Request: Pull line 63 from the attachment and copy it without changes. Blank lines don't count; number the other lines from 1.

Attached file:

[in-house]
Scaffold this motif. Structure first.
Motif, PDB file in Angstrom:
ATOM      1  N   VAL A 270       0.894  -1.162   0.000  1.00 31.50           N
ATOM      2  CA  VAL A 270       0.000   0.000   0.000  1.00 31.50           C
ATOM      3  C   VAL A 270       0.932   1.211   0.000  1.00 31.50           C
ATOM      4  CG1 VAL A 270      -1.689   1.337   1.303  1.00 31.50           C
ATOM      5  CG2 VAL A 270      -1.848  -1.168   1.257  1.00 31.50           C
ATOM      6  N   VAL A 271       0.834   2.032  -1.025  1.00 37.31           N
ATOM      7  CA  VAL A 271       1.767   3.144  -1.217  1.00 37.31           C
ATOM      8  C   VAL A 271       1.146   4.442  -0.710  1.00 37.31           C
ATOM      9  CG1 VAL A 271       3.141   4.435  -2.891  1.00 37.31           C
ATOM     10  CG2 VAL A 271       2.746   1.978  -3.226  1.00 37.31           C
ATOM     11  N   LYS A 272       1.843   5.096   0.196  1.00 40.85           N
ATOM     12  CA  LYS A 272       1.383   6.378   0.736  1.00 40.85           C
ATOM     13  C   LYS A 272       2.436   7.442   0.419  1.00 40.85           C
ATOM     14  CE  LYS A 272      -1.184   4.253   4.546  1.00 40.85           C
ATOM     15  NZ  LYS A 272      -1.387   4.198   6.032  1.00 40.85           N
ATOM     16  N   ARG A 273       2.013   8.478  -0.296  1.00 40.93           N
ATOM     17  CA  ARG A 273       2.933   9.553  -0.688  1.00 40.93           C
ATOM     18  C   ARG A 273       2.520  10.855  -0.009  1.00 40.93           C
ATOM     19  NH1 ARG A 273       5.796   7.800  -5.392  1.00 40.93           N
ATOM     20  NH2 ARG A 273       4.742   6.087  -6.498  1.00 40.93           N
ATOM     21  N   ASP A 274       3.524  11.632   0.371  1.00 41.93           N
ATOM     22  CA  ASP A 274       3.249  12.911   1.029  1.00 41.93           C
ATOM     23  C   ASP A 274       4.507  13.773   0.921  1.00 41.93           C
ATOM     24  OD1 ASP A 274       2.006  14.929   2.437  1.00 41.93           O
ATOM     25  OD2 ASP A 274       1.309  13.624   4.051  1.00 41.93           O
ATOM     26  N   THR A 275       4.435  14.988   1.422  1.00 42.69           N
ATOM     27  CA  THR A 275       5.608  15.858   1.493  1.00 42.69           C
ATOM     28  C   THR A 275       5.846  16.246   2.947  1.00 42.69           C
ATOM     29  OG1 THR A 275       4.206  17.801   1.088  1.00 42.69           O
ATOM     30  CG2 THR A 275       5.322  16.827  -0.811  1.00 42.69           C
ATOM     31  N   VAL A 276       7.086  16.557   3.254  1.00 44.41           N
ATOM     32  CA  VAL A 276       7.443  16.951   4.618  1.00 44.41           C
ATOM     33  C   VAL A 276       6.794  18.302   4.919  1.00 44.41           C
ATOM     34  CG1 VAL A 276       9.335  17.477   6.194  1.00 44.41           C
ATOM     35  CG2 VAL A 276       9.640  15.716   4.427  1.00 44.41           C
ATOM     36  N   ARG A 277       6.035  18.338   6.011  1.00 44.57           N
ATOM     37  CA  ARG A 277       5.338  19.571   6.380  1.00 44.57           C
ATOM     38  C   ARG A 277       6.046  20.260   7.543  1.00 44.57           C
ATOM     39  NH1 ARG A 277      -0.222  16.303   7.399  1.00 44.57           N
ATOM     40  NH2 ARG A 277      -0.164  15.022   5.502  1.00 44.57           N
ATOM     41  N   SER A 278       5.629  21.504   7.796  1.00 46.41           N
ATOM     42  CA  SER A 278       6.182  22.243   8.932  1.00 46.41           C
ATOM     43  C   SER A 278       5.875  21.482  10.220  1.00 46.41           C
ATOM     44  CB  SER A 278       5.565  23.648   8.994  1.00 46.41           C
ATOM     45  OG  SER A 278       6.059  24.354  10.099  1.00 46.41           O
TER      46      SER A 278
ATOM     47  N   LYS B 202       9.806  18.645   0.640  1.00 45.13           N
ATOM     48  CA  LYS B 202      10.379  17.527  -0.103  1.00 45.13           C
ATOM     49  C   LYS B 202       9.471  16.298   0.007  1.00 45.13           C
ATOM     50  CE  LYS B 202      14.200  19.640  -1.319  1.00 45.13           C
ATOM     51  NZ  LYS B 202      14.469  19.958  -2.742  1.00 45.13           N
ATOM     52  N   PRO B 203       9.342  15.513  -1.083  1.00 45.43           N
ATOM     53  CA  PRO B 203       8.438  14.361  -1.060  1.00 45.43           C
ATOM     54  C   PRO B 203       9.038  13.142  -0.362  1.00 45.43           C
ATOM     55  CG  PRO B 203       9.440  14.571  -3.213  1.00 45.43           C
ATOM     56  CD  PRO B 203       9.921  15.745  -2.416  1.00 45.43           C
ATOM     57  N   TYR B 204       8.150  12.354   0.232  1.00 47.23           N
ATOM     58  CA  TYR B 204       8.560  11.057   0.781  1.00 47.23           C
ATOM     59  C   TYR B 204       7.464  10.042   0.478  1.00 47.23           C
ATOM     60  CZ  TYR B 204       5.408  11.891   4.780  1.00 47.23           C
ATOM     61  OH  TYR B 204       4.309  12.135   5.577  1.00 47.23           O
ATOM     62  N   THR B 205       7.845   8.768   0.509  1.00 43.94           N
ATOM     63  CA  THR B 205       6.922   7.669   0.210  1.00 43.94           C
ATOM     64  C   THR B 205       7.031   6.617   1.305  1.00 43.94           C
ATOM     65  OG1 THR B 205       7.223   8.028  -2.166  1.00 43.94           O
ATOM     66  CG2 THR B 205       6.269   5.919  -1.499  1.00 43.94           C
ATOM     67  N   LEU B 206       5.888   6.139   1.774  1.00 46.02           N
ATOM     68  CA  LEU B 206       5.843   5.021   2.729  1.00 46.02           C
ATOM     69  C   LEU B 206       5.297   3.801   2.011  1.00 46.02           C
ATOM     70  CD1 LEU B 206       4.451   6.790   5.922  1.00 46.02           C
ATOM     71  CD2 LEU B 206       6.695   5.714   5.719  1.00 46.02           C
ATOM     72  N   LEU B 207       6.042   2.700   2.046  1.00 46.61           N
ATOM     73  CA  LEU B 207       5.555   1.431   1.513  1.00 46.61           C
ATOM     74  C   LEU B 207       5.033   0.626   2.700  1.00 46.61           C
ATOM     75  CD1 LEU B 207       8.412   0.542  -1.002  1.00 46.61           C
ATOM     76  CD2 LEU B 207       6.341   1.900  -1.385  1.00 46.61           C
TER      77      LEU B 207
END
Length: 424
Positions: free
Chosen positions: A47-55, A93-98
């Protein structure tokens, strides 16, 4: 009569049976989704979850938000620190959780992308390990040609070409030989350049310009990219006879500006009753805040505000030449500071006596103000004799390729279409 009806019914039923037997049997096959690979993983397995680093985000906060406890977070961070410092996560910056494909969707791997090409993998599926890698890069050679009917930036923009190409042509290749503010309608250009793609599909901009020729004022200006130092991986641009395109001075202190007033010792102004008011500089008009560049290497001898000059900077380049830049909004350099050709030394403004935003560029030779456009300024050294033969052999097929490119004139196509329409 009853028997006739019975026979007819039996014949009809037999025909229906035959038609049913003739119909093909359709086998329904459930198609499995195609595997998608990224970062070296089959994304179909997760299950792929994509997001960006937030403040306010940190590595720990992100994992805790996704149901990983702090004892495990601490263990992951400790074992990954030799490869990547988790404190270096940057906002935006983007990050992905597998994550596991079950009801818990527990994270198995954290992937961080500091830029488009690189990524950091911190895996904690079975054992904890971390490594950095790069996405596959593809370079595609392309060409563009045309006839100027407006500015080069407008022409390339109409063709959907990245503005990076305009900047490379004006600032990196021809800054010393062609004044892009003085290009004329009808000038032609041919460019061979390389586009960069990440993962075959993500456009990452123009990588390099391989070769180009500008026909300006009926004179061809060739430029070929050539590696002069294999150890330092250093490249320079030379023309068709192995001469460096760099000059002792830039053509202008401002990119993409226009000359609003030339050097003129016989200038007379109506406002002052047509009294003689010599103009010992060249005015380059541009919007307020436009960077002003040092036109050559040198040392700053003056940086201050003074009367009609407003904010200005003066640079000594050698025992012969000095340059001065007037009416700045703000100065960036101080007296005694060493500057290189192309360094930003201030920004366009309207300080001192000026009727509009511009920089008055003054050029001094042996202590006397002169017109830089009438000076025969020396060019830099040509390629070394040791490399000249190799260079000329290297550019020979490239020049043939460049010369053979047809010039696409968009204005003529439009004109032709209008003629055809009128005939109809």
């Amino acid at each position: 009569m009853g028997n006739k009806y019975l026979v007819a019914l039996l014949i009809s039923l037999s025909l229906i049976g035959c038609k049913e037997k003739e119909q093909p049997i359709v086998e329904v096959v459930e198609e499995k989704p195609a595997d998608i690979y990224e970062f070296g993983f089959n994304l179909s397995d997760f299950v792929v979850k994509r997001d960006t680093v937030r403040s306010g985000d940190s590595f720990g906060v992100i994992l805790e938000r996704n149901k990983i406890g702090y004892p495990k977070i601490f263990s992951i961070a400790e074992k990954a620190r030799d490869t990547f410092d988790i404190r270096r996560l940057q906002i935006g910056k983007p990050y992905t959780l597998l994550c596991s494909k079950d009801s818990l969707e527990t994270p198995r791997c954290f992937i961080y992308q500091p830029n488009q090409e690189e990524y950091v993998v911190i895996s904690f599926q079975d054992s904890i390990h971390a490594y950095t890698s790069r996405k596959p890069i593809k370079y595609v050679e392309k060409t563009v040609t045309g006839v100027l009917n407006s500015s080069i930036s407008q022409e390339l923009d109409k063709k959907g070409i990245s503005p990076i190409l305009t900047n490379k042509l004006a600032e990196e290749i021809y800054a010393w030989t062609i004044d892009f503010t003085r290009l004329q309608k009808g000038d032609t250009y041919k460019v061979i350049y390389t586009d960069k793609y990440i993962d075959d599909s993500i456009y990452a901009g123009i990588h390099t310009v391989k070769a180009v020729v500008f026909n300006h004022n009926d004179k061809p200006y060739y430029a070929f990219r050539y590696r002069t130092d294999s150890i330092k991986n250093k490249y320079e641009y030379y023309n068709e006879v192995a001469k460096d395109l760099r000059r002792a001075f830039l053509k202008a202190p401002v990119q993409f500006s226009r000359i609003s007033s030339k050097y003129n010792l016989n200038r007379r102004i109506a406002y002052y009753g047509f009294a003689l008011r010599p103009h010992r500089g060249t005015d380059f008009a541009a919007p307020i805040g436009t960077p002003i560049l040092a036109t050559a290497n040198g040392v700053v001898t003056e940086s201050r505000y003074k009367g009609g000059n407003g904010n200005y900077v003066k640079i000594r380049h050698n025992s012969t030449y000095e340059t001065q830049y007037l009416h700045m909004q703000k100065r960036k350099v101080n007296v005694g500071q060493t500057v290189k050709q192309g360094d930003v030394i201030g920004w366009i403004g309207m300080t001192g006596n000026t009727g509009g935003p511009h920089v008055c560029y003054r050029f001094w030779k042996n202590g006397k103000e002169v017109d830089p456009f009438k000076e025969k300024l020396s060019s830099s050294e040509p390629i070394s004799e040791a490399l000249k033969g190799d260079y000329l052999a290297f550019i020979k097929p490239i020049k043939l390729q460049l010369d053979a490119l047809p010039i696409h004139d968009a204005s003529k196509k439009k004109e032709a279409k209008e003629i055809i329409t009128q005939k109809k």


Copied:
ATOM     60  CZ  TYR B 204       5.408  11.891   4.780  1.00 47.23           C